- The person isn’t required to give the sample or take the test – but that the failure to do so may result in a loss of driving privileges for at least six months – and that the refusal can be used against him in court.
- The person does have “the right to have a qualified person of his own choosing conduct additional independent tests at his expense”
- The person can ask for an administrative hearing within 30 days from the date the notice of suspension is issued
- If the suspension is upheld or the person doesn’t ask for an administrative hearing, that the drive must “enroll in an Alcohol and Drug Safety Action Program.”
Whether the substance is alcohol, drugs, or a combination of alcohol and drugs, the driver’s ability to drive a motor vehicle must be materially and appreciably impaired. Generally, field sobriety and breath tests are used to determine if a driver was intoxicated while blood and urine tests are used to determine if a driver was under the influence of narcotics.
However, you have the right to refuse roadside breath and blood tests, and should do so if prompted by law enforcement to take them. This will likely trigger an automatic loss of license by the Department of Motor Vehicles, but it will also deprive the state from valuable evidence that it can use against you.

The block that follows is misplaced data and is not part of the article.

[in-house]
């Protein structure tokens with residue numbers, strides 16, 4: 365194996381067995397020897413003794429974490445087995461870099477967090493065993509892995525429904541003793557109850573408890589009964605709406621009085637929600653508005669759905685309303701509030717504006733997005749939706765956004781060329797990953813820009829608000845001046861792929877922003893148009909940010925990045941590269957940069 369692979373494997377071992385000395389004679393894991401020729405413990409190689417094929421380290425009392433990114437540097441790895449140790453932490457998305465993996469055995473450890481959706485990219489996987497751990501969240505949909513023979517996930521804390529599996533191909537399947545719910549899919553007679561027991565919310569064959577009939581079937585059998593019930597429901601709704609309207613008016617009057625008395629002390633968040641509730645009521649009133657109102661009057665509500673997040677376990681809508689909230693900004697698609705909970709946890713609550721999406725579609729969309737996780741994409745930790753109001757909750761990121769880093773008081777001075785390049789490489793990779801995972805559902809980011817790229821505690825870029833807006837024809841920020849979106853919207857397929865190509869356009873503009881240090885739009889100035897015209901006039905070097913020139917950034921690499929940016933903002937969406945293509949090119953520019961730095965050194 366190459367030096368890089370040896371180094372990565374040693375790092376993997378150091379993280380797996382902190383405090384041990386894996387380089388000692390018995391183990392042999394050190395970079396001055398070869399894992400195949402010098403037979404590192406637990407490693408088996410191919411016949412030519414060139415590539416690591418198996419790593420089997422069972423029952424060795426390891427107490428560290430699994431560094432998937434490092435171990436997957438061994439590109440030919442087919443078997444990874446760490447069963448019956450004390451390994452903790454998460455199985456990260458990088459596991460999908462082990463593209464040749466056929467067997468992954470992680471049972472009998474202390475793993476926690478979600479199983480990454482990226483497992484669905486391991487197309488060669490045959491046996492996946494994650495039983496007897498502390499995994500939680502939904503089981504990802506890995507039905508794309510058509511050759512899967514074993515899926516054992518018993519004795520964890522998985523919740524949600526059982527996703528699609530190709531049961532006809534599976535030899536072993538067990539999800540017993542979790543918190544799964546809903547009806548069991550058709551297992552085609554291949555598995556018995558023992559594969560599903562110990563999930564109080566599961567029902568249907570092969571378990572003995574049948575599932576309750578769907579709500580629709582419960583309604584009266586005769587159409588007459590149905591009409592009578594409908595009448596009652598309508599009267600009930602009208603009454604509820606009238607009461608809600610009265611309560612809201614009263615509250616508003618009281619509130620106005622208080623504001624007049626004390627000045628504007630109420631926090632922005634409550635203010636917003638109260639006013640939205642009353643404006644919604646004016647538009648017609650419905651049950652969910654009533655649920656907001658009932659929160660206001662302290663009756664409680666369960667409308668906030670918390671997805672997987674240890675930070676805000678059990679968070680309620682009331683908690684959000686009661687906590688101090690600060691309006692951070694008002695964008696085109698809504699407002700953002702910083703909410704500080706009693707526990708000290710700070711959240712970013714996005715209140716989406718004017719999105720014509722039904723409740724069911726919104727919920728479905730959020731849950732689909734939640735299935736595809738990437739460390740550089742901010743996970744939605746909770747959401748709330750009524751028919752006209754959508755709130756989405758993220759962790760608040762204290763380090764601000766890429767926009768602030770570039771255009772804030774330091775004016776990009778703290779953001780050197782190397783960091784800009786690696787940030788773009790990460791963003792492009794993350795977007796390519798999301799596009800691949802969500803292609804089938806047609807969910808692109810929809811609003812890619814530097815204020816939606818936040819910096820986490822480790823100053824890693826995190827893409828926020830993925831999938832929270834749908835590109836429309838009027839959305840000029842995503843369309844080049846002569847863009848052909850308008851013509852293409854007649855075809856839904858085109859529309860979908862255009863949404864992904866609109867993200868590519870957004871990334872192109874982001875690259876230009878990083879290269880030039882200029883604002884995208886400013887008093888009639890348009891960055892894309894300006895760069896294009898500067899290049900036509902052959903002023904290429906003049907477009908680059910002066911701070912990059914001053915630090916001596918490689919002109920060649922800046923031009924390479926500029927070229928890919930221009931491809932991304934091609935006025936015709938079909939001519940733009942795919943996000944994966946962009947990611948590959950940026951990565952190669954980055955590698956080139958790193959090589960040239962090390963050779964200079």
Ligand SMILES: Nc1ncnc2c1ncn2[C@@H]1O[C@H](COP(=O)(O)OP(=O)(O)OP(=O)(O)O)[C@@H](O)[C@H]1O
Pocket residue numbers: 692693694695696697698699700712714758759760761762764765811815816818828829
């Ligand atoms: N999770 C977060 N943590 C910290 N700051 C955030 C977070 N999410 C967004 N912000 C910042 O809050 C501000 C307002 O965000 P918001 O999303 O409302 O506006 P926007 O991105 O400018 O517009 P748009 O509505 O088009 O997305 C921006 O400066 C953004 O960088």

Holland Law LLC provides skilled criminal defense for many different types of criminal offenses including driving under the influence of drugs or narcotics. If you’ve been charged with any crime while driving your car, call us at 803-219-2630, or reach out through our contact page. We serve clients in York, Lancaster, and Chester Counties. Call today to schedule a consultation in our Fort Mill office on Gold Hill Road, or in our Rock Hill office on Oakland Avenue.
Tom Holland previously served as the General Counsel for the Lancaster County Sheriff’s Office, the City Solicitor for the City of Lancaster, and as a Special Assistant United States Attorney for the Sixth Circuit Solicitor’s Office. He is a single father, and through his own divorce gained valuable insight he now uses to provide Fort Mill and Rock Hill, SC families with the best representation. Learn more about Tom Holland.